Trying to keep fitness and general nutrition in mind while still enjoying a glass of wine this fall? It can be tough, considering that unlike a case of soda, there aren’t nutrition facts listing the calories in a bottle of wine. So, how do you know how many calories are in a bottle of 750ml red wine? Is there a big difference between that and how many calories are in a bottle of 750 ml white wine? And, is there an easy way to tell how many calories are in a glass of champagne before your tip the toast?
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The best education is a bit of research. Understand that this guide is a base generalization and not an exact caloric count for every glass of wine out there. Just like not every soda has the same caloric count just because it’s soda, the exact amount of calories in wine will vary. But, in general, red wines have 25 calories per ounce while white wines have 24 calories per ounce.
That means that, per 750ml bottle, red wine has 632 calories, and white wine has 607.
As for champagne (or other sparkling wines), you can count on about 23 calories per ounce, or 570 calories per bottle.
So, what about beer? Most beers have in the neighborhood of 150 calories per twelve-ounce serving, but can range all the way up to 330 calories per bottle! So, ounce per ounce, wine tends to have a higher calorie than beer, but this statistic can be wildly misleading. Wine tends to be consistently around 120 calories per serving, while beers can range from 55 calories per bottle to well over 300. Since the FDA doesn’t require alcohols to list nutrition facts, banking on your beer being low-cal might be a dangerous risk.
There isn’t a huge caloric difference in beer or wine varietals that points to a clear choice when you choose what to consume. Additionally, alcohol is fat-free. So why do so many people associate alcohol consumption with weight gain?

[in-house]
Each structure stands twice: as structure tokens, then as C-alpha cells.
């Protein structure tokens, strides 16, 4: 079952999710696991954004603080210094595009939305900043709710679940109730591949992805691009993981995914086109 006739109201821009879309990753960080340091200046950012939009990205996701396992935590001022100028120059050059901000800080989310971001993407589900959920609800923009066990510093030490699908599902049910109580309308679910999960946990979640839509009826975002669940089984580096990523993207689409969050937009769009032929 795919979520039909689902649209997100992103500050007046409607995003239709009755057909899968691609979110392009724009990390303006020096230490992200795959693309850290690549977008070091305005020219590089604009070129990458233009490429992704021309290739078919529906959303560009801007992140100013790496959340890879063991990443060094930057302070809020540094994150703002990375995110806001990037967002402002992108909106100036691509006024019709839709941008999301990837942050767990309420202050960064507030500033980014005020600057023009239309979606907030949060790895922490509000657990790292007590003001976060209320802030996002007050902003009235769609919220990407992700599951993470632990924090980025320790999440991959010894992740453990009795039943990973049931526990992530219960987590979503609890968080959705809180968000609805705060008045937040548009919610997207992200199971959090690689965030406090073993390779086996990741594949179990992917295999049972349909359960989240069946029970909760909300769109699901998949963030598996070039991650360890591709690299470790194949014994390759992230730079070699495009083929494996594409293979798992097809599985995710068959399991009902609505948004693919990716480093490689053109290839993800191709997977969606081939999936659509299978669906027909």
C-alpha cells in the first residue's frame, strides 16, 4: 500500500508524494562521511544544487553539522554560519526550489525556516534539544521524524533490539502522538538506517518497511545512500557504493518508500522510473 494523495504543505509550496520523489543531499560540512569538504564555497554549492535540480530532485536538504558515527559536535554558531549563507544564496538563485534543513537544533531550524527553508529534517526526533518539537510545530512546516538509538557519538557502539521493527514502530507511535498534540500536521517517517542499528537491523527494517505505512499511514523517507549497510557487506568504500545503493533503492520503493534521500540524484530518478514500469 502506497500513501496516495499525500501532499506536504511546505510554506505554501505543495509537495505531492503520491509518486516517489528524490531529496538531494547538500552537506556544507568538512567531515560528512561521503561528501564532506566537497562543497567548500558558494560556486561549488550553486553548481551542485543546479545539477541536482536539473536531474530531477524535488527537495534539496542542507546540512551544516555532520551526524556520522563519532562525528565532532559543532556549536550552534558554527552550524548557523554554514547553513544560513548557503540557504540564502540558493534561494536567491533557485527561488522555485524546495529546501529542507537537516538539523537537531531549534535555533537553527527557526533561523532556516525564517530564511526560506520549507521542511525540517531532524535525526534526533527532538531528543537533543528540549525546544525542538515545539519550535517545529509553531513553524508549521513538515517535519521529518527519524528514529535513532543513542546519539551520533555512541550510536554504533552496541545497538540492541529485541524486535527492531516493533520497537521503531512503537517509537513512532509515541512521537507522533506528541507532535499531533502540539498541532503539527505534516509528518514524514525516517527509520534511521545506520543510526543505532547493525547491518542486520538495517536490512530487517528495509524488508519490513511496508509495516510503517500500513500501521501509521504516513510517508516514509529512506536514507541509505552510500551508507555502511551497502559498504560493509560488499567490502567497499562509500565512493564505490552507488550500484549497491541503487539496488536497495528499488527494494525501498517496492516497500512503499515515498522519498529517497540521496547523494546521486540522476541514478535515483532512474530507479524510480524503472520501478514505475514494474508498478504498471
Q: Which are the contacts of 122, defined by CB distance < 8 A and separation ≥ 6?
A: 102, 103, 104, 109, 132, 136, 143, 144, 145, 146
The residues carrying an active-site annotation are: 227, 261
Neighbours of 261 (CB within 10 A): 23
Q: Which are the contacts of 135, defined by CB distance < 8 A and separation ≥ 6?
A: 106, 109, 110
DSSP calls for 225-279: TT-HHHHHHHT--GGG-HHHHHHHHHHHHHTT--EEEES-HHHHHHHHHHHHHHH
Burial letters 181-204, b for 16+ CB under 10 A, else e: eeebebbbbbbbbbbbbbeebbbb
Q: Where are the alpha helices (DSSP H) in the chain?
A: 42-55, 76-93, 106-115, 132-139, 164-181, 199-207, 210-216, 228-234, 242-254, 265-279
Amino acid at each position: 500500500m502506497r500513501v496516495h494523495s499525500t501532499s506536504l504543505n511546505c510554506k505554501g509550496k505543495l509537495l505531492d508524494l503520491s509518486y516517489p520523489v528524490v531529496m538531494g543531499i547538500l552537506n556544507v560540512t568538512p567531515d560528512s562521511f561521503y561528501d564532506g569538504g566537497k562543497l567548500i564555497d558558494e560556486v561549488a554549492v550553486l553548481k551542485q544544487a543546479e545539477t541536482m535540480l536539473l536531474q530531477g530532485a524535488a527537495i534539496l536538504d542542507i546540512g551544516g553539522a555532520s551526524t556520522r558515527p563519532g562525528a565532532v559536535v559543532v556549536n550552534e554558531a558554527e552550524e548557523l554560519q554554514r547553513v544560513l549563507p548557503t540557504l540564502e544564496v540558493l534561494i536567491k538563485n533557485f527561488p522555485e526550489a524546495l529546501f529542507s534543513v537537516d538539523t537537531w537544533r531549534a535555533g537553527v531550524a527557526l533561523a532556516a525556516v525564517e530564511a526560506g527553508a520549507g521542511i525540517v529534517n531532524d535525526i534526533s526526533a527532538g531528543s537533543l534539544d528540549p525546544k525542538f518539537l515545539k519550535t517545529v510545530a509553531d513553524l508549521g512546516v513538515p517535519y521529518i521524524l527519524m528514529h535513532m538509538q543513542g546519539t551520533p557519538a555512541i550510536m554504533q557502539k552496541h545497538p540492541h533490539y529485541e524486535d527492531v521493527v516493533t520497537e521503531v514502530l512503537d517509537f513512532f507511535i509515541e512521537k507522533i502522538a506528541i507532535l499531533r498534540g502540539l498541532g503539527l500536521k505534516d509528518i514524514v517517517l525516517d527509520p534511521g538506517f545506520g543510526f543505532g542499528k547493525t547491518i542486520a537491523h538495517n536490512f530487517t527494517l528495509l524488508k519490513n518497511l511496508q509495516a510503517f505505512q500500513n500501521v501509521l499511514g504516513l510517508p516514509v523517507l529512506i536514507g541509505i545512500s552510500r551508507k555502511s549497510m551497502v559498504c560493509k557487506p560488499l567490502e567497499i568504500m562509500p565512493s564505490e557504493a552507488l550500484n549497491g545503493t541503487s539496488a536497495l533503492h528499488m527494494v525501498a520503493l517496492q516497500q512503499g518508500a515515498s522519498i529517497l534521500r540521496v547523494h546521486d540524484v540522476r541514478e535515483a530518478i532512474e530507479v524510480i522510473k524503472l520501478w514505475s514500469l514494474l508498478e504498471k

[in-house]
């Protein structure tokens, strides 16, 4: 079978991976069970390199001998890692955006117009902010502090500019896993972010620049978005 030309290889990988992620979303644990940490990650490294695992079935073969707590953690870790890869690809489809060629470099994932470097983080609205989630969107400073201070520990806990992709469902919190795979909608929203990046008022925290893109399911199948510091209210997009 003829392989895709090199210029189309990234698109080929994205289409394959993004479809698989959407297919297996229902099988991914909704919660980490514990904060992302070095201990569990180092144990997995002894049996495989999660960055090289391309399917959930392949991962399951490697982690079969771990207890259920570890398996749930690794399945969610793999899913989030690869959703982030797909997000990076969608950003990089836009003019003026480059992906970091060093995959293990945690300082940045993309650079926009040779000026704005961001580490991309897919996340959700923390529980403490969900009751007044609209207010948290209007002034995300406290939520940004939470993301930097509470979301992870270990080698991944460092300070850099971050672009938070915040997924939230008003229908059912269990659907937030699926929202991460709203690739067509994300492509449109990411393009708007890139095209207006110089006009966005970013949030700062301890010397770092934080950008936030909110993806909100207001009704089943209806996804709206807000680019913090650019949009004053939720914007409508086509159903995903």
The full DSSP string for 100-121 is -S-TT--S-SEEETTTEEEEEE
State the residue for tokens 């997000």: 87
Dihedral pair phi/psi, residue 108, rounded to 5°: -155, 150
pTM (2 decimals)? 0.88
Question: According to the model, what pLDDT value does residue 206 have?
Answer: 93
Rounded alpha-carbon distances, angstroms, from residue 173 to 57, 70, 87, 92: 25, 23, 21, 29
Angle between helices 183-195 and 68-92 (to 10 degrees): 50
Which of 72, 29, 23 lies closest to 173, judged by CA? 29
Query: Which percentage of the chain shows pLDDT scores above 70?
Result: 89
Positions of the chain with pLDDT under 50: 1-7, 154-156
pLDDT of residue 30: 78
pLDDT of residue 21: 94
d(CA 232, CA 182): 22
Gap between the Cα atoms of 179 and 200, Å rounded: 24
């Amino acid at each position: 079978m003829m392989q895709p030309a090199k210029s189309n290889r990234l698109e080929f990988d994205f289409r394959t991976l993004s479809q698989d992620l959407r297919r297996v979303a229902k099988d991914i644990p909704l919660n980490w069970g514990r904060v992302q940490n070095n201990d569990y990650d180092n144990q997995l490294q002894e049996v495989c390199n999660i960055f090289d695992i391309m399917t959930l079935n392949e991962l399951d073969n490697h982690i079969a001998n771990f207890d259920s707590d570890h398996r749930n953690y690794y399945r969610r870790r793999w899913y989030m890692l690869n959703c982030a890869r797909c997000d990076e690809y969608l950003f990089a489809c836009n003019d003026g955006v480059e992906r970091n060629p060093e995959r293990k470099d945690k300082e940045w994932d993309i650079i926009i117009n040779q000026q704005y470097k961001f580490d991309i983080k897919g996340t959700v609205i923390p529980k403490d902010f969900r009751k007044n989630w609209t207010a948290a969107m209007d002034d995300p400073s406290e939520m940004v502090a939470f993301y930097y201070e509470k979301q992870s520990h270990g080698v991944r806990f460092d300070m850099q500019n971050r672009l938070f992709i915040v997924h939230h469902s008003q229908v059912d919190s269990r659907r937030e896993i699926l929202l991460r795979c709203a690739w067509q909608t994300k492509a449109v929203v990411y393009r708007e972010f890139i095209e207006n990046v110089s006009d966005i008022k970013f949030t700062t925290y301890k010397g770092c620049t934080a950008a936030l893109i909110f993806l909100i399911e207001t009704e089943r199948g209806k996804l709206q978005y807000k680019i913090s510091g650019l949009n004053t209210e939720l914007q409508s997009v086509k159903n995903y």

The link between alcohol consumption and weight gain is generally the result of consuming too many empty calories, specifically carbohydrates. Since wine doesn’t contain fat and has only trace amounts of protein, when you consume large amounts of wine, you’re consuming a lot of empty calories and carbohydrates. Both red and white wines contain about 1 gram of carbohydrate per ounce.
Let’s not forget, however, that wine isn’t all bad for your health! Red wine specifically has high levels of antioxidants including resveratrol. Doctors have linked these antioxidants to improved heart health and a decreased risk of developing certain types of cancer, they’ve also been scientifically found to support weight loss! Beer, on the other hand, is high in carbohydrates, carbonation, and not much else.
So, what’s the trick? As with all indulgences and pleasures, the trick is to consume your wine in moderation. Research suggests that one to two glasses of red wine per day is ideal for optimal health results. In the end, there are options to make both beer and wine a bit more diet friendly. Light beers will save you a handful of calories and cut your carbs in half when compared to their darker cousins, but you may find that you need to consume twice as much light beer to feel satisfied, defeating the dietary saving graces. You can always turn a wine into a “wine spritzer” by making your glass half wine, half club soda. Again though, this often leads to more servings and an increase of calories in other places.